Campaigners say they have led to untoldld misery for punters who have been plunged into debt and seen their lives fall apart.
Customers have lost £11billion on FOBTs since 2008. The machines let you stake up to £100 every 20 seconds on bets designed to look like fun casino games such as roulette. The Sunday People has led the way in campaigning for the maximum stake to be cut to £2.
Some research shows the machines have caused the government to money, rather than raking in profits for the Treasury.
But the most alarming findings show that FOBTs are clustered in some of the worst-off areas across the land.
A spokesman for the Campaign for Fairer Gambling said: “Bookies proliferate in our most deprived areas. The Government must reduce the maximum stake to £2 a spin.
“This would eliminate the addictive roulette and casino content, which in far too many cases leads to harm and addiction.”
The latest figures, for 2016, show a dramatic difference between the number r of machines in deprived and affluent nt areas. Top are the Cities of London and Westminster. Here gamblers lost £31million in 120 betting shops, an average £250,000 in each shop.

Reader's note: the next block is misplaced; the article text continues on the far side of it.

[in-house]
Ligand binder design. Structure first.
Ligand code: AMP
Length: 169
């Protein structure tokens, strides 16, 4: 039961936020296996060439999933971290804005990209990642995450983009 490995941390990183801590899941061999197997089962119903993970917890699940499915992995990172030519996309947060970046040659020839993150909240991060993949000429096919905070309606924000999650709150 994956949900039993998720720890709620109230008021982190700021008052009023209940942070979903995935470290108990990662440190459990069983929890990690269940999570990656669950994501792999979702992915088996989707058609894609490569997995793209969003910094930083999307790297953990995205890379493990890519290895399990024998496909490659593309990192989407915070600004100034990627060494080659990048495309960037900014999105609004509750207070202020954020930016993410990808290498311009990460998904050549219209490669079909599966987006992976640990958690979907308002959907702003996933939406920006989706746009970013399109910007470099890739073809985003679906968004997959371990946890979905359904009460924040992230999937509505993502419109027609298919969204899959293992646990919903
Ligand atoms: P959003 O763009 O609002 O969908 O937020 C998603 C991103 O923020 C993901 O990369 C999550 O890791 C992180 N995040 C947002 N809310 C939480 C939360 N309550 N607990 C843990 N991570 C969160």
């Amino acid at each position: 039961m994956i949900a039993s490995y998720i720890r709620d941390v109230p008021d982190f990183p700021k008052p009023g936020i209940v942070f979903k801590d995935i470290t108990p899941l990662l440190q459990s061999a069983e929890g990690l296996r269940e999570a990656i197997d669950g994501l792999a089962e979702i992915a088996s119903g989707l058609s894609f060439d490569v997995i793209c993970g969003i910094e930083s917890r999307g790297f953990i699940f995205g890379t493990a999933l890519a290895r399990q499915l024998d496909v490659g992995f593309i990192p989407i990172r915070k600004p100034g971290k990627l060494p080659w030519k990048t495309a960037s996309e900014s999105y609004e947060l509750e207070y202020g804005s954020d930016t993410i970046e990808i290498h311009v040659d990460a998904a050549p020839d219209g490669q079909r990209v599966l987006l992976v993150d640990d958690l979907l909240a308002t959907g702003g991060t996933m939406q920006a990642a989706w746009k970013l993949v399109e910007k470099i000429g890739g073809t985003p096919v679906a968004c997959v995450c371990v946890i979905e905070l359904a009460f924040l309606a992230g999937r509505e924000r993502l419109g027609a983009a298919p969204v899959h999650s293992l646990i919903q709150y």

Other London boroughs dominate the top ten.
Outside the capital the biggestst spend was in Liverpool Riversidede – £8.1million in 53 shops
In Manchester Central, punters spent £7.2million in 50 shops. Other hotspots were Birmingham Ladywood, with £7million in 38 shops, and Leeds Central – £6.3million in 40.
Slough, Berkshire, is another problem area with £5.6million spent in 30 shops.
The figures contrast drastically with the richer areas. There are no FOBTs in Henleyon-Thames, where the average house price is well over the national average and Hollywood star Orlando Bloom has a place.
Well-heeled Wirral West has two betting shops with £299,000 taken by their FOBTs. York Outer, North Herefordeford and Broadland in East Anglia glia also have low FOBT counts.
There are 43 constituencies ncies with more than 30 betting ting shops. More than 70 per cent have an above average ge c l aimant c ount f or jobseeker’s allowance.
The Association of British Bookmakers said:aid: “Betting shops no more target deprived areas than han Marks & Spencer. Thereere are more in the largestst commercial centres. We operate where there are e the most customers.”
CHALLENGE: Minister Tracey Crouch